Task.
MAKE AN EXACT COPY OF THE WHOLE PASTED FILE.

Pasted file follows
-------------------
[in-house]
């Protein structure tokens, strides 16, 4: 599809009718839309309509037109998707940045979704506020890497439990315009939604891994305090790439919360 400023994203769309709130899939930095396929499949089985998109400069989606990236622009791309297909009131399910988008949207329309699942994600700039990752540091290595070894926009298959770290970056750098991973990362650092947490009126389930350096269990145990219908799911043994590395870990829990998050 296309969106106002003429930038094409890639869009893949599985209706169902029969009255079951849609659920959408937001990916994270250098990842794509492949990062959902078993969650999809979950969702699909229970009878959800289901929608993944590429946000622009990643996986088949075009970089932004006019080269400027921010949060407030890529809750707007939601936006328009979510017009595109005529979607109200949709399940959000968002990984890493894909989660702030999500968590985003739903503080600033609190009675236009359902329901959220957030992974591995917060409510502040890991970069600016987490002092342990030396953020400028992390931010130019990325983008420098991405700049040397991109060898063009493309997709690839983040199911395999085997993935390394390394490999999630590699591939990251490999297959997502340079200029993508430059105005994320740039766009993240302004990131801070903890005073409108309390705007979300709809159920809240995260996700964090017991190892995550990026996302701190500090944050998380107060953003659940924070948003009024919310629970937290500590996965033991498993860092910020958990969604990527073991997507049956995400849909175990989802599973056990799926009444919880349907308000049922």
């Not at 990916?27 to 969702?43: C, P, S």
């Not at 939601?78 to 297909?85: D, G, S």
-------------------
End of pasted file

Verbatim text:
[in-house]
């Protein structure tokens, strides 16, 4: 599809009718839309309509037109998707940045979704506020890497439990315009939604891994305090790439919360 400023994203769309709130899939930095396929499949089985998109400069989606990236622009791309297909009131399910988008949207329309699942994600700039990752540091290595070894926009298959770290970056750098991973990362650092947490009126389930350096269990145990219908799911043994590395870990829990998050 296309969106106002003429930038094409890639869009893949599985209706169902029969009255079951849609659920959408937001990916994270250098990842794509492949990062959902078993969650999809979950969702699909229970009878959800289901929608993944590429946000622009990643996986088949075009970089932004006019080269400027921010949060407030890529809750707007939601936006328009979510017009595109005529979607109200949709399940959000968002990984890493894909989660702030999500968590985003739903503080600033609190009675236009359902329901959220957030992974591995917060409510502040890991970069600016987490002092342990030396953020400028992390931010130019990325983008420098991405700049040397991109060898063009493309997709690839983040199911395999085997993935390394390394490999999630590699591939990251490999297959997502340079200029993508430059105005994320740039766009993240302004990131801070903890005073409108309390705007979300709809159920809240995260996700964090017991190892995550990026996302701190500090944050998380107060953003659940924070948003009024919310629970937290500590996965033991498993860092910020958990969604990527073991997507049956995400849909175990989802599973056990799926009444919880349907308000049922």
């Not at 990916?27 to 969702?43: C, P, S």
């Not at 939601?78 to 297909?85: D, G, S």